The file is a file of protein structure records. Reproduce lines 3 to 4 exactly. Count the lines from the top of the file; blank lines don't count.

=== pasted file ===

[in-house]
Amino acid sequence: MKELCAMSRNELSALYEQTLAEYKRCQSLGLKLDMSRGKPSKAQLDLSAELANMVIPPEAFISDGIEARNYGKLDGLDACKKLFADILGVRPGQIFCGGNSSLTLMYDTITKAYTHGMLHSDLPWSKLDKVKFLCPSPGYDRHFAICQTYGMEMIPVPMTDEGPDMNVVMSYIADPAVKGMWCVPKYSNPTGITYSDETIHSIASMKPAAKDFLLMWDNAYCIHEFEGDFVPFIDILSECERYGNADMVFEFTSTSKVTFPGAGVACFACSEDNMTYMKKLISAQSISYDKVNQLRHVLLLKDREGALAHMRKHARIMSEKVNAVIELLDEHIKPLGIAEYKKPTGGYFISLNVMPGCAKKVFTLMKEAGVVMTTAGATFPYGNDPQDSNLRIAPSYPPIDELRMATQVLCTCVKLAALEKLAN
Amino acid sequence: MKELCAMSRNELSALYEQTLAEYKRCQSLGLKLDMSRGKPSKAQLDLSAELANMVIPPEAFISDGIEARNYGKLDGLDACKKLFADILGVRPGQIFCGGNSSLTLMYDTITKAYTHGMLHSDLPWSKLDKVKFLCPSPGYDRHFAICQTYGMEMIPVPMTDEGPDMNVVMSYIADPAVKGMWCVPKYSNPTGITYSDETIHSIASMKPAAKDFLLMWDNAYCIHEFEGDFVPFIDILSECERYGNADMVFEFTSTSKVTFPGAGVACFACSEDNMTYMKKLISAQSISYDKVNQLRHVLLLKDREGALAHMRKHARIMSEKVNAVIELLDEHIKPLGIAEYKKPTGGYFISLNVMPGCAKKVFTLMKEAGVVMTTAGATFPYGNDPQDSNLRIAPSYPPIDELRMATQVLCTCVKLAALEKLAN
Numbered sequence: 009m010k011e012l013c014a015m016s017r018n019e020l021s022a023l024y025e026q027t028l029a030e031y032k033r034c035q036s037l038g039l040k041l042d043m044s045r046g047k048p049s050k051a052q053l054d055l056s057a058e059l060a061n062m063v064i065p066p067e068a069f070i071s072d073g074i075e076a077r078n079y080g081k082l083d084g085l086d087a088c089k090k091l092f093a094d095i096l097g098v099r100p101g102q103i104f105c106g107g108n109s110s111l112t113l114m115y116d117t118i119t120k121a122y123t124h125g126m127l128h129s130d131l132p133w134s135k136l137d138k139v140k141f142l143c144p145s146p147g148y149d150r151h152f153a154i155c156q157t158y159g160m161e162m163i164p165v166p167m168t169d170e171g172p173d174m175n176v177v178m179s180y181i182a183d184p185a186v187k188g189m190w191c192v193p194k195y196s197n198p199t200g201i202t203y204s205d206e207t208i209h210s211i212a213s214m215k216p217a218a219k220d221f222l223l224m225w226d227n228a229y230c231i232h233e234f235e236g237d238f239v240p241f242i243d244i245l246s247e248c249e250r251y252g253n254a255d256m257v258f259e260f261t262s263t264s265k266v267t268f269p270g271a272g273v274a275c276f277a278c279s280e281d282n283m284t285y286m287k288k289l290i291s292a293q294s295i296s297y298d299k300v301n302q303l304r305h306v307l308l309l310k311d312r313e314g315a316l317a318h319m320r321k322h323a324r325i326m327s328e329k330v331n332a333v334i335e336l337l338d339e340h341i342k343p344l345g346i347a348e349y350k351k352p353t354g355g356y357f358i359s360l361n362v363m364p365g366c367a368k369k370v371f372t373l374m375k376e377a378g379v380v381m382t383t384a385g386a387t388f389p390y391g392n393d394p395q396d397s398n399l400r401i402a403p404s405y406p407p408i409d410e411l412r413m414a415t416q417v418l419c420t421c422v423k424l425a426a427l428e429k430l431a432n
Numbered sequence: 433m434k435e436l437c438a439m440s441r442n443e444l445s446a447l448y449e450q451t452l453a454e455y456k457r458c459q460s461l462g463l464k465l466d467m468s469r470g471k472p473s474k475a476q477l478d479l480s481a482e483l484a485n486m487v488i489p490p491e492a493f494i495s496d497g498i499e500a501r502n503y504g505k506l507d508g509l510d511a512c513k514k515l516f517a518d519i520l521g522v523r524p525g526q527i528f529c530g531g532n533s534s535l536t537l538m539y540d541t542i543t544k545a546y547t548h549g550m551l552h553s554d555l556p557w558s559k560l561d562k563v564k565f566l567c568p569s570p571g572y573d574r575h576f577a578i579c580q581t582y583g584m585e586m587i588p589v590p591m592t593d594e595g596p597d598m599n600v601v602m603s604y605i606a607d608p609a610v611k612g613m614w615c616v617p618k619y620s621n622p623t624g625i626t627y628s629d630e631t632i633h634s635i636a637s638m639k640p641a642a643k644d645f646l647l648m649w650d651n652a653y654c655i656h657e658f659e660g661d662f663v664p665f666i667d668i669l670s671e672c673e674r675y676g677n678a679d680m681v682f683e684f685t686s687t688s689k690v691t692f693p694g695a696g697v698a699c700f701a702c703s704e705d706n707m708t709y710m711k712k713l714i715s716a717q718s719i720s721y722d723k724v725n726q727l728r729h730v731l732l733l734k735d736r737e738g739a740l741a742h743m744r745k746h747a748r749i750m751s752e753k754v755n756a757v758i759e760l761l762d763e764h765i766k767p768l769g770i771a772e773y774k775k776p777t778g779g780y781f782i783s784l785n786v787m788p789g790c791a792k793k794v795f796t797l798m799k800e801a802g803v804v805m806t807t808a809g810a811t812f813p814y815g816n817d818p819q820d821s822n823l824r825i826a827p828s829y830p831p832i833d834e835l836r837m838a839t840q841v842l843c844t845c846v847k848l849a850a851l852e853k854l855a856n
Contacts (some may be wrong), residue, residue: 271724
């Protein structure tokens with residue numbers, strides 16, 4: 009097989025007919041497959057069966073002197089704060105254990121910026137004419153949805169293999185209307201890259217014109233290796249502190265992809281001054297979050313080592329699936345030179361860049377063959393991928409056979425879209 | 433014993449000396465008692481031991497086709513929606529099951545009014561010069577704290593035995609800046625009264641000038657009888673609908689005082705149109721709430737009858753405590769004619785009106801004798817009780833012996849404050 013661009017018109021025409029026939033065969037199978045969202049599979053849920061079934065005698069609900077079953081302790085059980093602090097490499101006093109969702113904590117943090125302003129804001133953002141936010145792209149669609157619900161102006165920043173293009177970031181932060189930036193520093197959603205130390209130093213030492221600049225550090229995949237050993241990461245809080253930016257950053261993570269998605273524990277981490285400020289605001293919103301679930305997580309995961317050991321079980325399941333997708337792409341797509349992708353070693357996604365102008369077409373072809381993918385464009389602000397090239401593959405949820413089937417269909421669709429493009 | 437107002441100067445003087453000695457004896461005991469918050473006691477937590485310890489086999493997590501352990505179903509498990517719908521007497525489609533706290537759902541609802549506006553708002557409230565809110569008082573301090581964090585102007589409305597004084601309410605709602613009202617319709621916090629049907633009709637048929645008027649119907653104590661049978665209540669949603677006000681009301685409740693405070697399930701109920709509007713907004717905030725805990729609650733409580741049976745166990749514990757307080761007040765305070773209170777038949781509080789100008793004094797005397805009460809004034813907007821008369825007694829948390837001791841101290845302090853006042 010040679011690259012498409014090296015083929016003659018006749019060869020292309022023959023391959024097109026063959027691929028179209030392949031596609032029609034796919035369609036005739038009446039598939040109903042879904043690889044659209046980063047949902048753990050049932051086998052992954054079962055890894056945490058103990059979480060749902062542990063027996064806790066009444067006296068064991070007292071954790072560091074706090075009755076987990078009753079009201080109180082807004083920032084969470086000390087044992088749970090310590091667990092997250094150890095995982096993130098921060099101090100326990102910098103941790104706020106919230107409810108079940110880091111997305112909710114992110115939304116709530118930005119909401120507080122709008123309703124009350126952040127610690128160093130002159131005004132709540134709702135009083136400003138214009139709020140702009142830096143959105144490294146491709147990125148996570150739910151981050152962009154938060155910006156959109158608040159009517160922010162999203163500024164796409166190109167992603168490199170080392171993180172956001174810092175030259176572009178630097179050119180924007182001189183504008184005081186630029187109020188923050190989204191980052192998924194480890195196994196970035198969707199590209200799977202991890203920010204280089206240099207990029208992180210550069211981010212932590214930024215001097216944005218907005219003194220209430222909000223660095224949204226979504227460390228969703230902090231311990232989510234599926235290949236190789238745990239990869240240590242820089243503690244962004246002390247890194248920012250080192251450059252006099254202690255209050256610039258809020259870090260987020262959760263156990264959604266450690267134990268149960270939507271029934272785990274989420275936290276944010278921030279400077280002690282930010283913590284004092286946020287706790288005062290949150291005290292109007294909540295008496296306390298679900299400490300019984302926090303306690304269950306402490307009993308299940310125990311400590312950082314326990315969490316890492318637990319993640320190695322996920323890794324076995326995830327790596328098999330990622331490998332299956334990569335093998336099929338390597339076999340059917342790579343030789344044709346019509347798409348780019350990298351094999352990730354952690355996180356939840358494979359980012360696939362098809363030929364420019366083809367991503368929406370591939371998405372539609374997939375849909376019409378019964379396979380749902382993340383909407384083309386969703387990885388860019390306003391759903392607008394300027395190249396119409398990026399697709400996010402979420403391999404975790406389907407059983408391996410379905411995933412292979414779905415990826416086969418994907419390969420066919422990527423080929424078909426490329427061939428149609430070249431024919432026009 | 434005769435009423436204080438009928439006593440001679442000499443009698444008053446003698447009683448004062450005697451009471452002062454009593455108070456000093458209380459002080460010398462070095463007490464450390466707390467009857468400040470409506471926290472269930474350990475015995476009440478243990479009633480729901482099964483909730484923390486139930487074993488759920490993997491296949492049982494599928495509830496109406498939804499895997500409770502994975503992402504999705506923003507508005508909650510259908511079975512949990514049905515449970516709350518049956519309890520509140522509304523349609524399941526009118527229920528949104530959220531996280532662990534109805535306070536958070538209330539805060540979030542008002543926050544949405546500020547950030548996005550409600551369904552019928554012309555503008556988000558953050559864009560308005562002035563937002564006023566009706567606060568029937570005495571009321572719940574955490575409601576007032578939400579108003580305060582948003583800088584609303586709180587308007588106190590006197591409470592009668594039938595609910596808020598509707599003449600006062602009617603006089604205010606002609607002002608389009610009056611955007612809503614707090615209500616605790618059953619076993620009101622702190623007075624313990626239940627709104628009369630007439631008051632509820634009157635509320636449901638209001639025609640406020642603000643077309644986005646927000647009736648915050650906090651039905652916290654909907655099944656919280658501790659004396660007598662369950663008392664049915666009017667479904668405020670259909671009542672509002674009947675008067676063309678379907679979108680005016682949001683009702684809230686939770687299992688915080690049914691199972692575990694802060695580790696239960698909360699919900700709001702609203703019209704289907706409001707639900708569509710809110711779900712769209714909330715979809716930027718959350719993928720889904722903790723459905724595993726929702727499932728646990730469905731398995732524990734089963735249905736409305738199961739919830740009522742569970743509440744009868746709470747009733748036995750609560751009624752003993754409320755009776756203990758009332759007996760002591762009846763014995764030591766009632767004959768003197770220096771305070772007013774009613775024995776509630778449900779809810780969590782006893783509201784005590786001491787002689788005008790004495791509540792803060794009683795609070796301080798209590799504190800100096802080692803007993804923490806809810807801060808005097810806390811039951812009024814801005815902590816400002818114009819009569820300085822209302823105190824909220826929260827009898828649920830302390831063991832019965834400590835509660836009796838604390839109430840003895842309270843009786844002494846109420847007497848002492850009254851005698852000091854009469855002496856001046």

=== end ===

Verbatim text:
Amino acid sequence: MKELCAMSRNELSALYEQTLAEYKRCQSLGLKLDMSRGKPSKAQLDLSAELANMVIPPEAFISDGIEARNYGKLDGLDACKKLFADILGVRPGQIFCGGNSSLTLMYDTITKAYTHGMLHSDLPWSKLDKVKFLCPSPGYDRHFAICQTYGMEMIPVPMTDEGPDMNVVMSYIADPAVKGMWCVPKYSNPTGITYSDETIHSIASMKPAAKDFLLMWDNAYCIHEFEGDFVPFIDILSECERYGNADMVFEFTSTSKVTFPGAGVACFACSEDNMTYMKKLISAQSISYDKVNQLRHVLLLKDREGALAHMRKHARIMSEKVNAVIELLDEHIKPLGIAEYKKPTGGYFISLNVMPGCAKKVFTLMKEAGVVMTTAGATFPYGNDPQDSNLRIAPSYPPIDELRMATQVLCTCVKLAALEKLAN
Numbered sequence: 009m010k011e012l013c014a015m016s017r018n019e020l021s022a023l024y025e026q027t028l029a030e031y032k033r034c035q036s037l038g039l040k041l042d043m044s045r046g047k048p049s050k051a052q053l054d055l056s057a058e059l060a061n062m063v064i065p066p067e068a069f070i071s072d073g074i075e076a077r078n079y080g081k082l083d084g085l086d087a088c089k090k091l092f093a094d095i096l097g098v099r100p101g102q103i104f105c106g107g108n109s110s111l112t113l114m115y116d117t118i119t120k121a122y123t124h125g126m127l128h129s130d131l132p133w134s135k136l137d138k139v140k141f142l143c144p145s146p147g148y149d150r151h152f153a154i155c156q157t158y159g160m161e162m163i164p165v166p167m168t169d170e171g172p173d174m175n176v177v178m179s180y181i182a183d184p185a186v187k188g189m190w191c192v193p194k195y196s197n198p199t200g201i202t203y204s205d206e207t208i209h210s211i212a213s214m215k216p217a218a219k220d221f222l223l224m225w226d227n228a229y230c231i232h233e234f235e236g237d238f239v240p241f242i243d244i245l246s247e248c249e250r251y252g253n254a255d256m257v258f259e260f261t262s263t264s265k266v267t268f269p270g271a272g273v274a275c276f277a278c279s280e281d282n283m284t285y286m287k288k289l290i291s292a293q294s295i296s297y298d299k300v301n302q303l304r305h306v307l308l309l310k311d312r313e314g315a316l317a318h319m320r321k322h323a324r325i326m327s328e329k330v331n332a333v334i335e336l337l338d339e340h341i342k343p344l345g346i347a348e349y350k351k352p353t354g355g356y357f358i359s360l361n362v363m364p365g366c367a368k369k370v371f372t373l374m375k376e377a378g379v380v381m382t383t384a385g386a387t388f389p390y391g392n393d394p395q396d397s398n399l400r401i402a403p404s405y406p407p408i409d410e411l412r413m414a415t416q417v418l419c420t421c422v423k424l425a426a427l428e429k430l431a432n